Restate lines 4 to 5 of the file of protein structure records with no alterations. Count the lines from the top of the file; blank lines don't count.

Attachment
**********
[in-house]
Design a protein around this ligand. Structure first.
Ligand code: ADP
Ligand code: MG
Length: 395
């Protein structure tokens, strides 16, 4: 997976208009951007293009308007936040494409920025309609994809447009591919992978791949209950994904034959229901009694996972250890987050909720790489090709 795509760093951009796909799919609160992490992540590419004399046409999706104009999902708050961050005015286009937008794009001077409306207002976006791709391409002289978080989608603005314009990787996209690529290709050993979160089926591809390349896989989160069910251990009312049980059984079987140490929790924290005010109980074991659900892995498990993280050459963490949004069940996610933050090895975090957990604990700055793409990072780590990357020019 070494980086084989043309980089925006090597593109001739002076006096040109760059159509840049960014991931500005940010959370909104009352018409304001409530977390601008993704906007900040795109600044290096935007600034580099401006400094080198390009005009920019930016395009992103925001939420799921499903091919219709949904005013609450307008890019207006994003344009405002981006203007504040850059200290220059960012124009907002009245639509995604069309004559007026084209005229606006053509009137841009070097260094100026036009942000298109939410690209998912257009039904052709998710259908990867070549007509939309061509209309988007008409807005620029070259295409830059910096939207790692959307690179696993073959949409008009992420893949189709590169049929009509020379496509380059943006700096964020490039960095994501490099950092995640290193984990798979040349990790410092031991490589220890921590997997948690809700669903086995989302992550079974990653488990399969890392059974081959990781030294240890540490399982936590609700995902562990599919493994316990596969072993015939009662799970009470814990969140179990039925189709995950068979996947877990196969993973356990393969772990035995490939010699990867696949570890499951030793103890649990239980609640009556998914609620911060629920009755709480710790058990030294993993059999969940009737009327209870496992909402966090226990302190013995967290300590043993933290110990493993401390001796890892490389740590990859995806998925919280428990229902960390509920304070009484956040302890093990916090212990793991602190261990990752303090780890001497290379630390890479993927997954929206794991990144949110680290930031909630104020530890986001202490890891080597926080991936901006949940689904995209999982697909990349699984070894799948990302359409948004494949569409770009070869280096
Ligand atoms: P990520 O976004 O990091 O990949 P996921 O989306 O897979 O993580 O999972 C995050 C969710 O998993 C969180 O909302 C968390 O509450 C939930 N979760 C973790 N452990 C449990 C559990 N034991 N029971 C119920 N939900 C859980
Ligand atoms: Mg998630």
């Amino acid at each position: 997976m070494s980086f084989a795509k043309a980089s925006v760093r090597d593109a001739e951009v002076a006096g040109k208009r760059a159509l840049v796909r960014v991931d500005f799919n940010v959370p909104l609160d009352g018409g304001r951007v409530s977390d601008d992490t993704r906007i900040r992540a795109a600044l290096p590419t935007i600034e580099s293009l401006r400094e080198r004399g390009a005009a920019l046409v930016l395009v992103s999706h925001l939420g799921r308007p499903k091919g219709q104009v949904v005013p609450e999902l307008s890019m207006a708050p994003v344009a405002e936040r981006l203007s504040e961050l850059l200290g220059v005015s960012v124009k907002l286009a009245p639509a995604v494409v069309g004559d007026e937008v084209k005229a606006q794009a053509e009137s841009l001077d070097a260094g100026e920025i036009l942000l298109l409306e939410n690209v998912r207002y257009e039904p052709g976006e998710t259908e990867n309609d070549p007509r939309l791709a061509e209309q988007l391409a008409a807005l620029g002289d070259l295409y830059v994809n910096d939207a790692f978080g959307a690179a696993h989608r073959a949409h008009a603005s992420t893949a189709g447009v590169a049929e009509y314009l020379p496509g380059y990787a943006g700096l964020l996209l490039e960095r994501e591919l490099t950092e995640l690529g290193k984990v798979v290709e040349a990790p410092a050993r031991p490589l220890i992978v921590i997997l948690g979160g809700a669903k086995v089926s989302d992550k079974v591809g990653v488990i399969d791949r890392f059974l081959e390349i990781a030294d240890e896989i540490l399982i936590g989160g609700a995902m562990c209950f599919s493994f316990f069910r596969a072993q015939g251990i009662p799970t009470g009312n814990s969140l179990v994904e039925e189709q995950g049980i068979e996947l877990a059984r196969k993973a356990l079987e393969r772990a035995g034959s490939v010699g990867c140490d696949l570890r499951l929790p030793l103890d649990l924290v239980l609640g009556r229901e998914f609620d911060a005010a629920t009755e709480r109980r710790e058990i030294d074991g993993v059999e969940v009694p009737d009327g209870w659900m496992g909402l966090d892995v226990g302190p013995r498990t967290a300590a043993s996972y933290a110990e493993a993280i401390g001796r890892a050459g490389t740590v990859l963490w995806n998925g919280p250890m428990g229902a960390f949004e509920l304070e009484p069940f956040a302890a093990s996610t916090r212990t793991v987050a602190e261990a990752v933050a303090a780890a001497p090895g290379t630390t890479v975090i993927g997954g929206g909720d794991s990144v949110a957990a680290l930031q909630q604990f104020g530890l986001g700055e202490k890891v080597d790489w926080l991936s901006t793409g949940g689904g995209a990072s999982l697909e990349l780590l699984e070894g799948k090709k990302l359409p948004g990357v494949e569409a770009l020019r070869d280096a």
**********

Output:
Ligand code: MG
Length: 395